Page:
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Durham gets 50 years for fraud scheme

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Tim Durham will likely spend the rest of his life behind bars after a federal judge on Friday sentenced the disgraced playboy and businessman to a 50-year prison term for defrauding Ohio investors of $250 million.

U.S. Judge Jane Magnus-Stinson said three words describe both Durham, 50, and the crimes he committed: "Deceit. Greed. Arrogance."

The prosecution had sought a sentence of 225 years, taking into account 5,122 victims and a loss amount of $250 million. The judge agreed with the loss calculations but gave Durham a shorter sentence that will allow him to serve time concurrently on some of his 12 convictions.

"This case was all about numbers that were puffed up to create appearances," Magnus-Stinson said before announcing the sentence. "I’m not going to play that game. Mr. Durham is 50 years old."

The judge is scheduled later Friday afternoon to sentence Durham's two accomplices in the operation of Akron, Ohio-based Fair Finance as a Ponzi scheme.

Before Magnus-Stinson handed down the sentence, Durham stood and gave a brief statement in the courtroom.

“I feel terrible that they all lost money,” he said, his voice somber. “My family has lost all of its investments.”

Durham said he read many of the letters from victims and regrets that the company failed. He also spoke up in defense of his co-defendants. But he did not offer an apology.

“I’m not blind to how everybody has suffered,” Durham said. “I probably wasn’t as familiar with our investor base as I am now. I have regrets. I wish I would have tried harder to make some things clearer.”

Durham attorney John Tompkins said he plans to appeal the sentence within a 14-day limit.

“Anything that is likely to result in dying in prison can’t be described as a good result,” he said outside the courtroom. “But it clearly was better than a lot of what was available to (the judge).”

Unlike state prisoners, federal inmates must serve 85 percent of their sentences.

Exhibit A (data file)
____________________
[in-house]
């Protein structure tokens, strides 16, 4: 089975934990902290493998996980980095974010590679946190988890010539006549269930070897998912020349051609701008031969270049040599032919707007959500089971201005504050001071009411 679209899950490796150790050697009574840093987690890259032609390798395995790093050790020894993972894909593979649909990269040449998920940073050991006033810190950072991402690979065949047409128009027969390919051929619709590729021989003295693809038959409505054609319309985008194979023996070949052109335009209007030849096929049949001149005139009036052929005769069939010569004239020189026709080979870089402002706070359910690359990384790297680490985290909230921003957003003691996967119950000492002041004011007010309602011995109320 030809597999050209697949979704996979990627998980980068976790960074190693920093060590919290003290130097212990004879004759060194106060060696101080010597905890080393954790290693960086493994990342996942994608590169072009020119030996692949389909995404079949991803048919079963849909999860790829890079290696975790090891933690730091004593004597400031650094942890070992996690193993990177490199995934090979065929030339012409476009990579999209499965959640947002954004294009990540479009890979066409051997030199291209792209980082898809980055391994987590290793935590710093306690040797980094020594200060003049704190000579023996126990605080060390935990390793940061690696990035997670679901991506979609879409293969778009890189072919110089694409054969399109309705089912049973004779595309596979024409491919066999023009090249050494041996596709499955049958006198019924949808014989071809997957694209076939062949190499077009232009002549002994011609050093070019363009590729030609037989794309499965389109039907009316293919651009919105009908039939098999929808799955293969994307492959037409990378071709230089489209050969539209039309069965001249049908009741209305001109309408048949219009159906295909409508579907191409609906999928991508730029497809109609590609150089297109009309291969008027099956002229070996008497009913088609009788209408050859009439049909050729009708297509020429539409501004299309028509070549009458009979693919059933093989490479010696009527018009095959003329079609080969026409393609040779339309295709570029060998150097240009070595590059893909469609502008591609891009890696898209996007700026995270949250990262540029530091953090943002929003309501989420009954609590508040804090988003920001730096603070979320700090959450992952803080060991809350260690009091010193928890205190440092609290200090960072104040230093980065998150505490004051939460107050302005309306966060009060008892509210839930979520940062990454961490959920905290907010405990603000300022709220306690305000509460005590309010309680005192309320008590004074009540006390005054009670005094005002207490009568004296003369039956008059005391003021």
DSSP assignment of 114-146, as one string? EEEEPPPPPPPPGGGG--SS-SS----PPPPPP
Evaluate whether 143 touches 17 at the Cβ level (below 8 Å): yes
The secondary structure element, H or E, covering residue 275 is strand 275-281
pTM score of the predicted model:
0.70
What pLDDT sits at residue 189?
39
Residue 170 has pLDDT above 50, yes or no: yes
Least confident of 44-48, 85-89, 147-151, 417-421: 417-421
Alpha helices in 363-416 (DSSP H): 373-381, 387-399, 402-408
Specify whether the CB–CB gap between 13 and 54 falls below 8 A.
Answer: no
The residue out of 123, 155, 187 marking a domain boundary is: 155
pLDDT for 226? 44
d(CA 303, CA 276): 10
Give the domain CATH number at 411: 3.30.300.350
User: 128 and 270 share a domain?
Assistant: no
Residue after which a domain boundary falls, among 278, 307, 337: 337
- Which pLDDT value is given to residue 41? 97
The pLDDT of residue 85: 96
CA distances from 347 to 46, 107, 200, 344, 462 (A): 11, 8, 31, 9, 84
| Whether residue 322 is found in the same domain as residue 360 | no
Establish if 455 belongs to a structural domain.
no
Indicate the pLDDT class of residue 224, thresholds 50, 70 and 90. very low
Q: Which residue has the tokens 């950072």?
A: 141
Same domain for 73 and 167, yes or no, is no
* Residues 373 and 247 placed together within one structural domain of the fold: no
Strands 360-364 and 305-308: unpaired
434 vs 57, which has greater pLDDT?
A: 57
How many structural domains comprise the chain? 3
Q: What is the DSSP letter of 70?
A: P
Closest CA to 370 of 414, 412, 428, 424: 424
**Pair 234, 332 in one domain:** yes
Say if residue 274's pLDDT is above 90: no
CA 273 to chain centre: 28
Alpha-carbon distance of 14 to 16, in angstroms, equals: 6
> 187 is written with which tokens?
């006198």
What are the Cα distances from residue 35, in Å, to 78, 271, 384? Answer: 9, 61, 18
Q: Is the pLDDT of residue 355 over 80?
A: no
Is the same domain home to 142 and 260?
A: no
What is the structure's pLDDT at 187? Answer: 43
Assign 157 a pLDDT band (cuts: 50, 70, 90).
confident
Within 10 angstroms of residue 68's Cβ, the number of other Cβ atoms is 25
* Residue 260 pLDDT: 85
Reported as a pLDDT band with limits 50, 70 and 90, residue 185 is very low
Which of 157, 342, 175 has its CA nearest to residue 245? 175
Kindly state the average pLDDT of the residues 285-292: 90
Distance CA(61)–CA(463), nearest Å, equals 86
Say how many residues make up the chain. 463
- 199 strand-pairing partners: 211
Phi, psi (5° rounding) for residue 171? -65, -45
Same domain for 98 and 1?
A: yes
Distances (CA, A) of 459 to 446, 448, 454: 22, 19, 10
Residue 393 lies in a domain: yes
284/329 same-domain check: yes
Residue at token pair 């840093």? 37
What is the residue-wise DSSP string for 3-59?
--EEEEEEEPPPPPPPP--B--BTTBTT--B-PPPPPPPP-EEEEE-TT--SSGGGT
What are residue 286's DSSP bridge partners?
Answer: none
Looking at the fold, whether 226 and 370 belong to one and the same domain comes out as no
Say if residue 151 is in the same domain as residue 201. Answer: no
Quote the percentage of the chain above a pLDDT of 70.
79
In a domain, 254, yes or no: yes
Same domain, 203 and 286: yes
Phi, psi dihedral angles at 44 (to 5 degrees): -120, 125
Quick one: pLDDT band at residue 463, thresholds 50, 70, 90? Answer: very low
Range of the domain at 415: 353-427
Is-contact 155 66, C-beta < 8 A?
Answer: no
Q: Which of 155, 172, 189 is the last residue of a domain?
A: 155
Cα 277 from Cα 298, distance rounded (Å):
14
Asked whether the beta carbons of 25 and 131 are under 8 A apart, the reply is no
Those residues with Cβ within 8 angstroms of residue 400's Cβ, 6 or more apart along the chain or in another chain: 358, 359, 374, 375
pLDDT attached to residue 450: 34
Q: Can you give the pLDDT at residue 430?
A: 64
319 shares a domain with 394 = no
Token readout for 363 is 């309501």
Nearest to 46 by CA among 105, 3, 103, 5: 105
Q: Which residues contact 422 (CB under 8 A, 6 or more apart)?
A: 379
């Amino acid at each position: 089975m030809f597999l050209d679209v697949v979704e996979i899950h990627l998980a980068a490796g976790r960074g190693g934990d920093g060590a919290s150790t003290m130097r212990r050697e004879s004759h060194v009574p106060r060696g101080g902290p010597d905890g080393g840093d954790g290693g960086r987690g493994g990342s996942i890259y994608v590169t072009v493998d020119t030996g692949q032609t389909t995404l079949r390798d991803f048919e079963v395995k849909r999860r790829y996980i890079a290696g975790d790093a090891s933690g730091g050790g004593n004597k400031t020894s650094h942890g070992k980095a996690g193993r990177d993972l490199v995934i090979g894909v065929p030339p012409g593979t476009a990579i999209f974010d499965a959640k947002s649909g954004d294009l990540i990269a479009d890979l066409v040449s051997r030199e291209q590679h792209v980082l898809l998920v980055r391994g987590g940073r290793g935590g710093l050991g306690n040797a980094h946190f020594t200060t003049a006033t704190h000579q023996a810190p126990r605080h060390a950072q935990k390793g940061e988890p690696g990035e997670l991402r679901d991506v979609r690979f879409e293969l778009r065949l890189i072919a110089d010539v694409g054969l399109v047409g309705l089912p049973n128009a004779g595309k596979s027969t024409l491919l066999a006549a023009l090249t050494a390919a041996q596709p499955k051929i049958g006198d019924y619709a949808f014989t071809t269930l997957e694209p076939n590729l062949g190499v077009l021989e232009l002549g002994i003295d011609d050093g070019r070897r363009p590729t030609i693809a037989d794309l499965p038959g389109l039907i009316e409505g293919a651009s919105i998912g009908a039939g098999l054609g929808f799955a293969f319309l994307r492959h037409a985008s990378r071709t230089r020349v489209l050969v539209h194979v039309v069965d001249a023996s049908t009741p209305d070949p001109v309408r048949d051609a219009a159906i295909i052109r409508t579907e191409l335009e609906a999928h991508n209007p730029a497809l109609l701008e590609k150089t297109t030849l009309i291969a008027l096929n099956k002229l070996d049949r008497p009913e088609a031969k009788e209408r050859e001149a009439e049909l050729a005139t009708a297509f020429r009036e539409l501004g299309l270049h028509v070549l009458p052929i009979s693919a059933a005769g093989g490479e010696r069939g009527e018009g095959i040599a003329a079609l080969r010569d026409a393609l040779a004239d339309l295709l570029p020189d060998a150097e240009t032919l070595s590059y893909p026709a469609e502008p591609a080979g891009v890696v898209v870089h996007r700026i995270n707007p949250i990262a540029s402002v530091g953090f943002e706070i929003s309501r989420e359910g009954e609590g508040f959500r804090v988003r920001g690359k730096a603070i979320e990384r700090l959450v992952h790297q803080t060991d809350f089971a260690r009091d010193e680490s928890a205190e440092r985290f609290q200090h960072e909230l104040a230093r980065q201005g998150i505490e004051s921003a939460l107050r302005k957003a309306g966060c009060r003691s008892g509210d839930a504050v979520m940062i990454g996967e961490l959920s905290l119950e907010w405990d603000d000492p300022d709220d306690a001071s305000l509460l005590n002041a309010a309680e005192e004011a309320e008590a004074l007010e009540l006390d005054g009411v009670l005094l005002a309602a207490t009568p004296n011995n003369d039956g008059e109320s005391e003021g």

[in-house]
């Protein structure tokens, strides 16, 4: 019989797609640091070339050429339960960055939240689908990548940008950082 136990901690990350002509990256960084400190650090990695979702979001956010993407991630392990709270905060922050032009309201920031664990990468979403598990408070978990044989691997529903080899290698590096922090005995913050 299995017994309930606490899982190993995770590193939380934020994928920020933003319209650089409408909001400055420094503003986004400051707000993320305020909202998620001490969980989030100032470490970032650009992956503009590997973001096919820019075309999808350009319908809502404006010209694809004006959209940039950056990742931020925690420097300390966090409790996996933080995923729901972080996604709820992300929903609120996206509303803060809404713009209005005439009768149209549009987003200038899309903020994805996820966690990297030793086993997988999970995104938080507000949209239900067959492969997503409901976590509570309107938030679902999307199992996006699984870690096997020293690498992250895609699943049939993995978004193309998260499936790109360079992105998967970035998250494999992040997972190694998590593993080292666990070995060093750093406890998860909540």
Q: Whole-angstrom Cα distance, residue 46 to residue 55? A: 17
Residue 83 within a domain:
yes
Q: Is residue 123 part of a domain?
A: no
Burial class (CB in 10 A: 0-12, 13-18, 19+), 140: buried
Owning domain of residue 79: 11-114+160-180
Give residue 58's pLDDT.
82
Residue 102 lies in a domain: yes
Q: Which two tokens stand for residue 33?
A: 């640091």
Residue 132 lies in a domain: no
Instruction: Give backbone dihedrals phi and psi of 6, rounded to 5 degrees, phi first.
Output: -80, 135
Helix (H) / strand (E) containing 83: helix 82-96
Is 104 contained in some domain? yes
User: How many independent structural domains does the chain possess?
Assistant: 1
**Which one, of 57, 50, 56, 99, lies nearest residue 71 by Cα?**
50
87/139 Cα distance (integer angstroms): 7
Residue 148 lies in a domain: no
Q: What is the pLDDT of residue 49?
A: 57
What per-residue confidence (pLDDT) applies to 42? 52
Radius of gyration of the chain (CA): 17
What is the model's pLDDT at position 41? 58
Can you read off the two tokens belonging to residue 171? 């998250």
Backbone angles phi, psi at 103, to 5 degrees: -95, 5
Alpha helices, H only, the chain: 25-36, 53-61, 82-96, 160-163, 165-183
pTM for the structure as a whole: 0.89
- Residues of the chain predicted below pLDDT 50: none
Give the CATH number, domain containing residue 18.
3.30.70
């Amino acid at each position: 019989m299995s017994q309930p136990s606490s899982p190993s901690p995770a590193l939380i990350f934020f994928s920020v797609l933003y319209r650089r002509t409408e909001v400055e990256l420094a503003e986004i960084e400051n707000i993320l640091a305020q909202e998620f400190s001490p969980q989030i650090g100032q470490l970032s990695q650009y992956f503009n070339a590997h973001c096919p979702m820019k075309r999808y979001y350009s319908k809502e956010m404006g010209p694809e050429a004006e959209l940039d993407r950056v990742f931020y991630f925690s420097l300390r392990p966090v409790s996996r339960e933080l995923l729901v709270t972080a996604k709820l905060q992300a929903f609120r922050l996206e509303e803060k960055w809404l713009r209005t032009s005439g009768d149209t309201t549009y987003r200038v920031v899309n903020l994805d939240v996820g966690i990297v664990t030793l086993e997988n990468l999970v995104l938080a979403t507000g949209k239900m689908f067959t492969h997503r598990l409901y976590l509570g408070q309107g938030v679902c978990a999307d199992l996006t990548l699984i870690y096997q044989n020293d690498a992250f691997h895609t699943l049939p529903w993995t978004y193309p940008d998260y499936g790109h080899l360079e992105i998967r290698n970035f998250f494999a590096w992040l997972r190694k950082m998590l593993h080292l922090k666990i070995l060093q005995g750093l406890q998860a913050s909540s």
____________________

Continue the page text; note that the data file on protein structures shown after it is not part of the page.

The rulings follow a morning of legal arguments over sentencing and emotional testimony from four victims of the scheme, including a 42-year-old woman named Kristen Schroeder who called herself "one of the lucky victims" since she still has time to save up and recover.

But the last word came from Barbara Lukacik, a 74-year-old nun who lost her life savings of $125,000.

"What has happened is shameful," she said. "Yes, the economy was weak, but that didn’t give you the right to steal not only my money but all the victims of Fair Financial to use as you wish, for serious greed and pampering. And you say you haven’t hurt anyone; let’s be real. I honestly believe justice must be served because it’s the righteous thing to do."

As she wrapped up her testimony, Lukacik turned toward Durham and said, "Shame on you."

After the sentencing, Lukacik would not say whether she considered the 50-year sentence appropriate.

“I was never for hurting him," she said. "I forgive him. I was for justice to be served.”

She was disappointed he didn't seem sorry: “If he had said he was sorry, that would have meant something.”

The sentencing comes three years after FBI agents raided Fair Finance and Obsidian Enterprises, a Durham company located on the 48th floor of Chase Tower in Indianapolis.

A federal jury in June found Durham guilty on all 12 felony fraud charges stemming from the collapse of Fair. Durham co-owned the firm with Jim Cochran, who was convicted of eight of 12 felony charges. Rick Snow, the company’s chief financial officer, was convicted on five of 12 counts.